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Terracotta Warriors, the Eighth Wonder of the World

In 1974, Vault 1 of the Terracotta Army of Emperor Qinshihuang was unearthed in Xiyang Village, Lintong County, Shaanxi Province. The terracotta warriors were arranged in a big, orderly arrayed combat formation. No written records of the Terracotta Warriors, considered the Eighth Wonder of the World, have been found.

The terracotta figures were found in a big vault, with a black brick floor, Supported by column frames and covered by timber, reed mats and earth. There are wooden war chariots, clay soldiers and horses in it. The in-situ Vault 1 museum has over 500 clay soldiers, all powerful and life-like to look at. The museum displays less than one-twentieth of the warriors contained in the entire area.

The terracotta warriors present an image of the time when the Qin armies conquered the other rivaling states and united China. The chariots, horses and soldiers were imitations of real ones, and they were arranged to stand in a combat formation. The formation includes three lines in the vanguard, each with 70 soldiers. The soldiers in the vanguard wear short Suits, have their hair in buns and hold bows. Most of them stand facing the east, their bright piercing eyes gazing at something in front of them. Behind them are the main body of soldiers and the war-chariot troops standing in 38 rows. All the soldiers in the main body wear armor and helmets. There are also three lines on the flank facing south, north and west and the rear guards. The arrangement creates an atmosphere of grandeur, making viewers feel as if they, too, are actually on the battlefield. The decorations of the war-chariots and the weapons of the soldiers are all real objects, which adds to the power and strength of the sight.

The figures in the tomb were not cast from a single mould; they were sculptured individually and are, therefore, great artistic treasures. Each looks imposing and is well-proportioned. Although their clothes and hairstyles are similar, their facial expressions are all different. Some are smiling with a look of age and experience; some appear handsome and innocent; others look high spirited while still others seem to be gazing fixedly at something. The expressions and gestures of soldiers are vividly captured in these figures. From the face shape of some of them, we can even guess the region of their birth. The crafting technique of the terracotta warriors is superb. The armor and helmets create a sense of good hard quality, the suits look smooth and soft and their pleats are sharply defined. Even the nails on the suits and the hair and beards of the soldiers are carefully detailed.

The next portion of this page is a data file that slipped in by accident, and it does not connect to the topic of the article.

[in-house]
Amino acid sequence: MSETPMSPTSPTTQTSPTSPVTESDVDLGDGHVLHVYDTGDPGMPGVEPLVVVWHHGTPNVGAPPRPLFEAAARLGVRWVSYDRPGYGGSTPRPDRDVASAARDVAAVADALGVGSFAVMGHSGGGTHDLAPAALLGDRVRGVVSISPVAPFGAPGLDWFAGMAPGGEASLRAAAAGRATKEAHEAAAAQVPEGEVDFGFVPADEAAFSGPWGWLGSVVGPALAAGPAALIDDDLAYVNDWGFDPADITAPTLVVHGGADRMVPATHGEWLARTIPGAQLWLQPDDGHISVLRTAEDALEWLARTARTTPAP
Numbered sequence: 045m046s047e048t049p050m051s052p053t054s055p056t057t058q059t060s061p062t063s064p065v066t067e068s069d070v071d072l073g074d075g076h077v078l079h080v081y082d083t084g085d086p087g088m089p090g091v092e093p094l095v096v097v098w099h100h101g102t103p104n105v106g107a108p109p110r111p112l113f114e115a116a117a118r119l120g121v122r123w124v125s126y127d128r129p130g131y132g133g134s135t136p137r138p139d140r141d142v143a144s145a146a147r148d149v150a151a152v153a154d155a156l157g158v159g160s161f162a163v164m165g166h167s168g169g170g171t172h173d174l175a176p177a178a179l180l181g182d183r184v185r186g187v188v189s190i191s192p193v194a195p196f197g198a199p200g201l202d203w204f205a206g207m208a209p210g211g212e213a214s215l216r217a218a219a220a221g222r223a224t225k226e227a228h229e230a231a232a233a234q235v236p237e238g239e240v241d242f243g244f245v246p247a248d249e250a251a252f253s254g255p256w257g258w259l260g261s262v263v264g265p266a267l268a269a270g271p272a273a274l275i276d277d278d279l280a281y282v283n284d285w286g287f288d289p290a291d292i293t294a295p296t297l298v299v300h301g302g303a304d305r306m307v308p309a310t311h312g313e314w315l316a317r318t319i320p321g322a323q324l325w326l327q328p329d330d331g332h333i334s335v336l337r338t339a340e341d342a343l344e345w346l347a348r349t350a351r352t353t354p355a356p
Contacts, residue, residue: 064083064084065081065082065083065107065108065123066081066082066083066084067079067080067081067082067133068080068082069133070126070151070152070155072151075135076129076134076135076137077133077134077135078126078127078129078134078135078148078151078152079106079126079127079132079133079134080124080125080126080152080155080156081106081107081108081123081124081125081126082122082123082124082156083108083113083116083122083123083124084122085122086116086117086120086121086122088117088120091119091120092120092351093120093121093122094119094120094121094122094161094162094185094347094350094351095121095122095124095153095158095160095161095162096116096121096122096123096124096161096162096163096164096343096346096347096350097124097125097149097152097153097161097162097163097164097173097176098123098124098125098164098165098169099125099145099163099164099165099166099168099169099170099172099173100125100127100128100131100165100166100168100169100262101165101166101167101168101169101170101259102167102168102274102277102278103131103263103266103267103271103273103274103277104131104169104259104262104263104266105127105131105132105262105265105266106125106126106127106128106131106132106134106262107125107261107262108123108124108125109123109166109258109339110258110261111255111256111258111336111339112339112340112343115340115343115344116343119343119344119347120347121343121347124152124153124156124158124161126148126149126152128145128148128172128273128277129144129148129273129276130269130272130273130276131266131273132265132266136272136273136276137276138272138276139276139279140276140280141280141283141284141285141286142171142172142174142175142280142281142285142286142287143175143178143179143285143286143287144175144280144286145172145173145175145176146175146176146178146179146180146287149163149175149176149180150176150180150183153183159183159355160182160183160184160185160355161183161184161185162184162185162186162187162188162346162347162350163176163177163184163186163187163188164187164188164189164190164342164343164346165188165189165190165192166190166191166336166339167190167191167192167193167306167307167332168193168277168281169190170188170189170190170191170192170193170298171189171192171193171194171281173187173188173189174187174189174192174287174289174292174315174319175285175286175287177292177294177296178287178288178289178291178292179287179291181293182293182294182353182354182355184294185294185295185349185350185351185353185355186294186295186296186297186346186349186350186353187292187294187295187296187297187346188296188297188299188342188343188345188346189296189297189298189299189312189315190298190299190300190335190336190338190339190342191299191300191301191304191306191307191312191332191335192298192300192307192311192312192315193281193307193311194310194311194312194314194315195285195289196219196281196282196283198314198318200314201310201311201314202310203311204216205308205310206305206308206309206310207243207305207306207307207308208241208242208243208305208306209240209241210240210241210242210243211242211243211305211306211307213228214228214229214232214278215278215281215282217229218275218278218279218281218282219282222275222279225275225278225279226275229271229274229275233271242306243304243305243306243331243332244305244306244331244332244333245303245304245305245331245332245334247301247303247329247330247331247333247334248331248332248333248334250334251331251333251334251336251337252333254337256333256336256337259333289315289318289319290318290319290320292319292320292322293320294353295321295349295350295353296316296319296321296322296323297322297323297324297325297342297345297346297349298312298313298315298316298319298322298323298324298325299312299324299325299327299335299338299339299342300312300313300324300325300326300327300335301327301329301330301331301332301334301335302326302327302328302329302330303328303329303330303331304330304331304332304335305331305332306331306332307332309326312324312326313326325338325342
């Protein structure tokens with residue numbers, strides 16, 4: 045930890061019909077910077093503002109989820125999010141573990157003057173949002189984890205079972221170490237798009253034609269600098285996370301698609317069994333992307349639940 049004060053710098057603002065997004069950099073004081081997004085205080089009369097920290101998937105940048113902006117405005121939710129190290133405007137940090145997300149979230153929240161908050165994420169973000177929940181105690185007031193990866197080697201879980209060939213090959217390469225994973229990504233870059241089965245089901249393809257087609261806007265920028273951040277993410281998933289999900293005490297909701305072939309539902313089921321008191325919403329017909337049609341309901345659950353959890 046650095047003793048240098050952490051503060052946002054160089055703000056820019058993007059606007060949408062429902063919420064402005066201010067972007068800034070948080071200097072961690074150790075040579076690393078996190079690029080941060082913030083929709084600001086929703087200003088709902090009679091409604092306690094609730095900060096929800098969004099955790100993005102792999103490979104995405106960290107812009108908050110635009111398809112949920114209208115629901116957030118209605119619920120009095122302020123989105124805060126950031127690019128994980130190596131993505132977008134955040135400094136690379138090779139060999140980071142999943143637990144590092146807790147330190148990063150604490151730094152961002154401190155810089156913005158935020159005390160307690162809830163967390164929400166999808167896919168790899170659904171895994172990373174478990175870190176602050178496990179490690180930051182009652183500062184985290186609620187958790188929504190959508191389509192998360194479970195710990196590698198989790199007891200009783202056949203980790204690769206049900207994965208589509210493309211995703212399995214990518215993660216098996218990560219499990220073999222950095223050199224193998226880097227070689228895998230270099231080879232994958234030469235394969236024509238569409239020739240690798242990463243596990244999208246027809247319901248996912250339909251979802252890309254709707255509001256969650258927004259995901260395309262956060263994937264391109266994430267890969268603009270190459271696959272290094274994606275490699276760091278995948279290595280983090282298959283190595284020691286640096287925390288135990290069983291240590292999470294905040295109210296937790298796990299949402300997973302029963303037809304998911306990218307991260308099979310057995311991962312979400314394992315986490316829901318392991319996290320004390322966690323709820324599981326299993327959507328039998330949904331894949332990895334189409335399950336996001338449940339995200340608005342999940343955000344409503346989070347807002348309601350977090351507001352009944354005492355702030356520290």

The making of the warrior figures combined hand sculpting and moulding techniques. The sculptors used coarse clay as the inner base, covered the base with fine clay, fired the resulting figure in a kiln and then applied color Because of the different aesthetic approaches of the different artists and the varied production techniques, the figures took on great variety of expression and gesture.

In the combat formation, we can recognize soldiers of different classes, types and ethnic origin. The group also sheds light on the exceptional discipline and order of the Qin army and its military equipment.

Most of the terracotta warriors stand facing east. The mausoleum of Emperor Qinshihuang also faces east but the tombs of most Chinese emperors face south. There are many theories about why Emperor Qinshihuang's tomb faces east. The most reasonable explanation is that he wanted to demonstrate to his descendants his ambition of uniting the seven kingdoms into one country and to make them always remember him and his achievements. (Fig.3-3)(Fig.3-4)

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